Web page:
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Water changes bad for beneficial bacteria

jameson_uk

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Headline for attention but someone posted on another forum that a friend was suggesting their twice weekly 50% water change schedule would be bad as it would starve the beneficial bacteria of ammonia and they would end up needing to leave the tank to stabilise.

Got me thinking of two things...
First off is how long ammonia exists on the aquarium. Given that people dose 2ppm+ when cycling and expect it to be gone in 24 hours and whenever you measure it we expect it to be zero suggests that it is consumed pretty quickly.

The second is how long BB can survive without ammonia. I know there are a couple of threads which say that it needs oxygen to survive but I couldn't find anything that suggested how long they would last without food.

I know plants play into this as I guess in a heavily planted tank the ammonia rarely makes it to nitrification and is consumed by the plants before then. How would this differ in a non planted tank?
 

jaypeecee

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Hi @jameson_uk

If I were to go through my collection of scientific papers on this topic, I could probably give you a detailed reply. But, this is one of those situations where I prefer to turn this around and ask the person who first proposed this idea to substantiate this suggestion. Otherwise, in my opinion, this is just hearsay.

JPC
 

jameson_uk

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Hi @jameson_uk

If I were to go through my collection of scientific papers on this topic, I could probably give you a detailed reply. But, this is one of those situations where I prefer to turn this around and ask the person who first proposed this idea to substantiate this suggestion. Otherwise, in my opinion, this is just hearsay.

JPC
Totally. This was more that is piqued my interest. Particularly when you think the standard view is that ammonia should never show up but it must constantly be being added to the tank.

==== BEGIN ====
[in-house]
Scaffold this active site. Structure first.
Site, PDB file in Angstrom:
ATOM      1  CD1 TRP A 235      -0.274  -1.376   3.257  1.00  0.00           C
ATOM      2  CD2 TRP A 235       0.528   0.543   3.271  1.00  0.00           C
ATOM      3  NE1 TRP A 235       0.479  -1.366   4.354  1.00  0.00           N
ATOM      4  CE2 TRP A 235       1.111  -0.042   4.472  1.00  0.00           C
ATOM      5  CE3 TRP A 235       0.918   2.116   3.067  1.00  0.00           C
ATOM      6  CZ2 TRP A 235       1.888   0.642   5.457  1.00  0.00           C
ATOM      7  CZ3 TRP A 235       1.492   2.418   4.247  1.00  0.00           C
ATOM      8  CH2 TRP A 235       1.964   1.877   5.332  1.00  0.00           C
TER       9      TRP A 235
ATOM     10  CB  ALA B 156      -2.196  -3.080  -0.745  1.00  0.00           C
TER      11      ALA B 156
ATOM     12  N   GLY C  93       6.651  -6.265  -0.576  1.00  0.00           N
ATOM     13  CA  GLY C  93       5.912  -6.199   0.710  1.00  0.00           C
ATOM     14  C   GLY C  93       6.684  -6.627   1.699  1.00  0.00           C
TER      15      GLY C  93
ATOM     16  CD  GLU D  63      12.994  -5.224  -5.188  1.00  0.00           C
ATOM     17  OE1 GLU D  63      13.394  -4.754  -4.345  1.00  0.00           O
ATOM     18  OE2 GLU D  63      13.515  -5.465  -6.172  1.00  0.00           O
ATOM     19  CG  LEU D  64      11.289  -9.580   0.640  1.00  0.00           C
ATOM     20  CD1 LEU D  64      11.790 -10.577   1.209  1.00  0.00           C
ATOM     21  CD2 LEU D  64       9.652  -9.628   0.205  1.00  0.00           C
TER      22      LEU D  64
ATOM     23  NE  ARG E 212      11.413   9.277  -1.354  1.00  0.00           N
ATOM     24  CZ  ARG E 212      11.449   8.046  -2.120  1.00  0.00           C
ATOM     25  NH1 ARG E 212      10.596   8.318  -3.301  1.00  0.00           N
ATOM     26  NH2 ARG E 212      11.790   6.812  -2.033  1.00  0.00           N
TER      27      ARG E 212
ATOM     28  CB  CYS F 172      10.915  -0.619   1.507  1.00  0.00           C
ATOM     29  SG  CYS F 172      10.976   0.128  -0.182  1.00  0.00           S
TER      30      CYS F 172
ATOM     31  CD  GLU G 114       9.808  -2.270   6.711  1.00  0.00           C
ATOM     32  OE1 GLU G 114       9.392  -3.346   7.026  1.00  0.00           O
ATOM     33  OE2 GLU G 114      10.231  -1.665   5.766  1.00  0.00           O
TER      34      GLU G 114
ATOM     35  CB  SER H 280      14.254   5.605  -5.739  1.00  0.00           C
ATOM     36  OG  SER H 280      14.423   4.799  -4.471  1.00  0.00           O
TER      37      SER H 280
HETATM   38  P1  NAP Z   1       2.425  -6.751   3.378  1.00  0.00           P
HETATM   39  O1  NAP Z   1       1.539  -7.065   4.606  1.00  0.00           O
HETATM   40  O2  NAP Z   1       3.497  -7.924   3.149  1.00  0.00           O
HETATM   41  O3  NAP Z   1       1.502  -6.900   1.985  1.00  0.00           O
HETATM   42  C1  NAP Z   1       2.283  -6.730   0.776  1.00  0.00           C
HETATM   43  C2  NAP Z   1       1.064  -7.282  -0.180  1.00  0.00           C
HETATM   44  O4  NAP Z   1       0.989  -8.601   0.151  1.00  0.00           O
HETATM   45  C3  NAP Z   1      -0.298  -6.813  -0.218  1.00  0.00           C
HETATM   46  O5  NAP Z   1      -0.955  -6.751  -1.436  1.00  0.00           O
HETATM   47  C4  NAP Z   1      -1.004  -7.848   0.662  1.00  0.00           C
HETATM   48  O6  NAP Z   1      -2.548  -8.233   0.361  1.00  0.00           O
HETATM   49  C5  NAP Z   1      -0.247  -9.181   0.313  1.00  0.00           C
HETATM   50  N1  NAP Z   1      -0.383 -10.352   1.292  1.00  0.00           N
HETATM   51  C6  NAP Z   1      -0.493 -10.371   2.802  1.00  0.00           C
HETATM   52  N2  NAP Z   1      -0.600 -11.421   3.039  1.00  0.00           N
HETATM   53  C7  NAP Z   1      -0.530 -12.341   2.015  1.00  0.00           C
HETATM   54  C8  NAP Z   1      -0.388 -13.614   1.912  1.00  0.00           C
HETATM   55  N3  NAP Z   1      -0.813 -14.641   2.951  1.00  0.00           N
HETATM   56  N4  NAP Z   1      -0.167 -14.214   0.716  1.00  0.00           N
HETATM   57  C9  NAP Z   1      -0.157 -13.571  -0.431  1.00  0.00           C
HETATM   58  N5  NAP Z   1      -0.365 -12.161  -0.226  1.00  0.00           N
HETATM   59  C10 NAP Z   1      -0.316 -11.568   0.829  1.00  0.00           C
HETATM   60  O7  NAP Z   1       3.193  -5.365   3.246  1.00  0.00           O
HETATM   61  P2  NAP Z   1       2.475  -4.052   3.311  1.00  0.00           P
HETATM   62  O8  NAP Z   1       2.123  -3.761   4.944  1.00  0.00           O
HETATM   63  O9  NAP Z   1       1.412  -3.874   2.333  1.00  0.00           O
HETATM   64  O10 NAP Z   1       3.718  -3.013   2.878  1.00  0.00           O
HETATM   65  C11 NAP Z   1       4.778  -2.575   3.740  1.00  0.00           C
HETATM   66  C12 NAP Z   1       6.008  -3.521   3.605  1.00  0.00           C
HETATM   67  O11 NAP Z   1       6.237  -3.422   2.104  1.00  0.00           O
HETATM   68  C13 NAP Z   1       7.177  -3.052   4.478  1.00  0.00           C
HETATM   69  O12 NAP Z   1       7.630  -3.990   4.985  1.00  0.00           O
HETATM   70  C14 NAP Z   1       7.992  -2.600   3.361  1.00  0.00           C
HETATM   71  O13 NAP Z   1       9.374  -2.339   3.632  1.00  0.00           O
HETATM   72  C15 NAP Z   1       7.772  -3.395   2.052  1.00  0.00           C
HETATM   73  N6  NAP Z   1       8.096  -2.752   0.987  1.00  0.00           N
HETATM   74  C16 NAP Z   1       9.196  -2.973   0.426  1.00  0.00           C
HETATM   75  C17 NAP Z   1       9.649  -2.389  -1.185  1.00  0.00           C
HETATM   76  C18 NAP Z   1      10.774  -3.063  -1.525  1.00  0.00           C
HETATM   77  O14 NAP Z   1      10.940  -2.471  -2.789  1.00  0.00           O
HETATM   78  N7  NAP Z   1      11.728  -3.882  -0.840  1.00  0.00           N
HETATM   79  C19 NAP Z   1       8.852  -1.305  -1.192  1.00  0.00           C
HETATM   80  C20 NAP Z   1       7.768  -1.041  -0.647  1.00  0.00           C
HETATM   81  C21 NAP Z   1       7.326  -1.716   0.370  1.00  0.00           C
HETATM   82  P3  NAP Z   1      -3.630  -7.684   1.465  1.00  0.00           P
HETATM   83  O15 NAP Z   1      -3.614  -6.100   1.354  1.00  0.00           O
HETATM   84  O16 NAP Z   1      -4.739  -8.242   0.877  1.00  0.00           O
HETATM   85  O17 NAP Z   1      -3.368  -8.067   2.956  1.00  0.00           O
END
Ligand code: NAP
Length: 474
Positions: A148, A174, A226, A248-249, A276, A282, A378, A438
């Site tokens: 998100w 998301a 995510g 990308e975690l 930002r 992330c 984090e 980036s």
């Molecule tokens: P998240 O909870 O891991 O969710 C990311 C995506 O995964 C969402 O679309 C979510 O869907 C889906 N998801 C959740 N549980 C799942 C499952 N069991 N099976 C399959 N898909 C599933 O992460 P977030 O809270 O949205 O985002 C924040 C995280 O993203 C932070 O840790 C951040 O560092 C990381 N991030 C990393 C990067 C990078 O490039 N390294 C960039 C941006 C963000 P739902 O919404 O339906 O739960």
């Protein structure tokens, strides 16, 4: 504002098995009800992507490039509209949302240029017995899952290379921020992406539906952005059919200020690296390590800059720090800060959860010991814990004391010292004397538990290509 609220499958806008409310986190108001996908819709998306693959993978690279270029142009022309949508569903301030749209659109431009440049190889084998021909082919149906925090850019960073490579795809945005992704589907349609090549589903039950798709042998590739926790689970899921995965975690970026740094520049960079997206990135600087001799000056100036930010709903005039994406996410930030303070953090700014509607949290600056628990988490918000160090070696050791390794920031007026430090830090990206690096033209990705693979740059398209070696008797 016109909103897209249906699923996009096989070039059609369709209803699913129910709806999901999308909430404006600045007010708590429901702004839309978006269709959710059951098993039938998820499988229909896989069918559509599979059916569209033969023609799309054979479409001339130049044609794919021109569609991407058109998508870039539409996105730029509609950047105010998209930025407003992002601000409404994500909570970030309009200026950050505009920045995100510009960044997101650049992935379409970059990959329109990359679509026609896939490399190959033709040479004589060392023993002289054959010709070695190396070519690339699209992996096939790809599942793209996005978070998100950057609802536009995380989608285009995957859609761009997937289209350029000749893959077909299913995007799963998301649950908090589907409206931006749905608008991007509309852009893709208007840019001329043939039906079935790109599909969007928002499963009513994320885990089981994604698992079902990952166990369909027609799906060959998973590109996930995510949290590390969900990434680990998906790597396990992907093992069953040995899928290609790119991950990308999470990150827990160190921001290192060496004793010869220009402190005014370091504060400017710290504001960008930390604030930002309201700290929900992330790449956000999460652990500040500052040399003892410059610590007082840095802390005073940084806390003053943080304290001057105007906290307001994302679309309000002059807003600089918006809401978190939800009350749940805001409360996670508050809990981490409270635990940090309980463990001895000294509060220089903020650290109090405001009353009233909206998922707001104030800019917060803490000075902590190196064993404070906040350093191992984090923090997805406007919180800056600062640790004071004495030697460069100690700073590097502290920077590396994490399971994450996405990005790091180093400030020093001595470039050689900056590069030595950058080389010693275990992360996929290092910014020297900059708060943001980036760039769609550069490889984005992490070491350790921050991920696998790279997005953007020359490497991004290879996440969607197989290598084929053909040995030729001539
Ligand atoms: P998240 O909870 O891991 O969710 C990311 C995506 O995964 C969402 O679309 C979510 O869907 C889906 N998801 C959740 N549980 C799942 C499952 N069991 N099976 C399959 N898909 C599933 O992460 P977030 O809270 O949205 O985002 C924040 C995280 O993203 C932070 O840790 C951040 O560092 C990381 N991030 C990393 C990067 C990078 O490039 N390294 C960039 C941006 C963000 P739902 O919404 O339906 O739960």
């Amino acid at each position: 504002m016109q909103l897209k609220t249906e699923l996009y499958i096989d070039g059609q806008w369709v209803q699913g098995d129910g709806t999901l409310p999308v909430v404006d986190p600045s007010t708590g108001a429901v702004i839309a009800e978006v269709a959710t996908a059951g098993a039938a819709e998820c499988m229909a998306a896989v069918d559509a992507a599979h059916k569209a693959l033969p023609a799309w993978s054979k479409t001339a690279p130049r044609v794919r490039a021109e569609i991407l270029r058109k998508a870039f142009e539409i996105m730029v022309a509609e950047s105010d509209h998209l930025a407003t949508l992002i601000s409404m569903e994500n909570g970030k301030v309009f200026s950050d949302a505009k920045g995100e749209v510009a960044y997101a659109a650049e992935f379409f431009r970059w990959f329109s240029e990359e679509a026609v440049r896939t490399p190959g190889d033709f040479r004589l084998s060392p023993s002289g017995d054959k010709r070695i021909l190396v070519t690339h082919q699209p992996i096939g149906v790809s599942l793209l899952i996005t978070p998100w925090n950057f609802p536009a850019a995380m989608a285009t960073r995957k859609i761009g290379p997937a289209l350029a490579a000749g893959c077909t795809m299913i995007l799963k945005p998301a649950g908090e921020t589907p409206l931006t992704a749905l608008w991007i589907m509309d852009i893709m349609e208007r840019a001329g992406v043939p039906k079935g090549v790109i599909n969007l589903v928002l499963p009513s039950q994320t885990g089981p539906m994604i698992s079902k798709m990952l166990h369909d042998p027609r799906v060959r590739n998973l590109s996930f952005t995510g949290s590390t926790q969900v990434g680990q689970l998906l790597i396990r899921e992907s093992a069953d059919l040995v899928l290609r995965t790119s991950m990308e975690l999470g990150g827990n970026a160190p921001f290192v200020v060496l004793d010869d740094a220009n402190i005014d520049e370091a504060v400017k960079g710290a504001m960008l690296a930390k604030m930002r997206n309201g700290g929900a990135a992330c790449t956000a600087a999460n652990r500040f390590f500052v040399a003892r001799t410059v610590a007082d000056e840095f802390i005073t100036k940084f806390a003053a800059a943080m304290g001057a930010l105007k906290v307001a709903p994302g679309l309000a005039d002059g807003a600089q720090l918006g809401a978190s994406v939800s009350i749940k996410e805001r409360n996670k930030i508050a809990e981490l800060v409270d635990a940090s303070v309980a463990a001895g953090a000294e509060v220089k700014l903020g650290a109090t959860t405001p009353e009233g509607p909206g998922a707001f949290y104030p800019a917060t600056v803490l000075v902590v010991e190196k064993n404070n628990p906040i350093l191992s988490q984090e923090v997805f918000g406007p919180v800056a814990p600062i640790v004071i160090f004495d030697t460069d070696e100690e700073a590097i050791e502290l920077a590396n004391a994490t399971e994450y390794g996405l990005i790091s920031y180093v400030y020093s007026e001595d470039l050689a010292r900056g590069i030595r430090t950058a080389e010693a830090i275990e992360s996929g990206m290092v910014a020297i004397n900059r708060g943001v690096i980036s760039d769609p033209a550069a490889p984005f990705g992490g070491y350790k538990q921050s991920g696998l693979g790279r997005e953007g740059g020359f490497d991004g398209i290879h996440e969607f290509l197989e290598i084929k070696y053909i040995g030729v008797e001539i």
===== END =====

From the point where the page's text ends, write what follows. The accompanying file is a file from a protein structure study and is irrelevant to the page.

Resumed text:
zozo

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The only thing that could be of an issue is if the tap water has Chlorine in it, this is a disinfectant added to tap water by the water company to sterilize it. So if it contains this it could also kill bacteria in the tank and even have an ill effect on the livestock. Thus you should make sure that this isn't in the water.

The beneficial bacteria responsible for the nitrogen cycle are mainly living and find their food in the substrate, in and around the plant roots and in the biofilm that develops on the glass and hardscape. They are not really happily free swimming around in the water column. There is nothing for them to find in the water... :) Thus you can water change as much as you like it will have no ill effect on the bacteria as long as it is healthy clean water.

Decaying organic material, leftover fish food and fish poop contains ammonia, how much, and how long it takes for the bacteria to convert it is hard if not impossible to determine... But since all this material sinks down into the substrate and starts its decomposing process there, than also all available ammonia will mainly be in the substrate. Very little will leach back into the water column. If you reach a point that ammonia is measurable in the water column it means the substrate is much too dirty or mechanically disturbed (by hand).

Thus as long as you do not have too much measurable ammonia in the water column than how long it takes for the bacteria to convert what's in the substrate is rather irrelevant. There is nothing for you to worry about.
 
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Tim Harrison

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jaypeecee

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Headline for attention but someone posted on another forum that a friend was suggesting their twice weekly 50% water change schedule would be bad as it would starve the beneficial bacteria of ammonia and they would end up needing to leave the tank to stabilise.
Hi again,

I was responding specifically to the above. But, @zozo is obviously correct. Indeed, it extends beyond chlorine to chloramine, which is increasingly used by water companies. So, perhaps the original suggestion from the friend had been misunderstood.

JPC
 
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John q

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Regards bacteria survival without ammonia it probably depends on which scientific paper you read. I'm not sure how closely related Nitrosospira briensis is to aquarium bacteria but apparently that can survive for 10-14 days.
Hopefully someone with more understanding than I can clarify.

Cheers.
 

sparkyweasel

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So, if you reduce the amount of ammonia (by water changes) the population of BB will reduce.
But with less ammonia you need fewer BB to deal with the ammonia. No problem.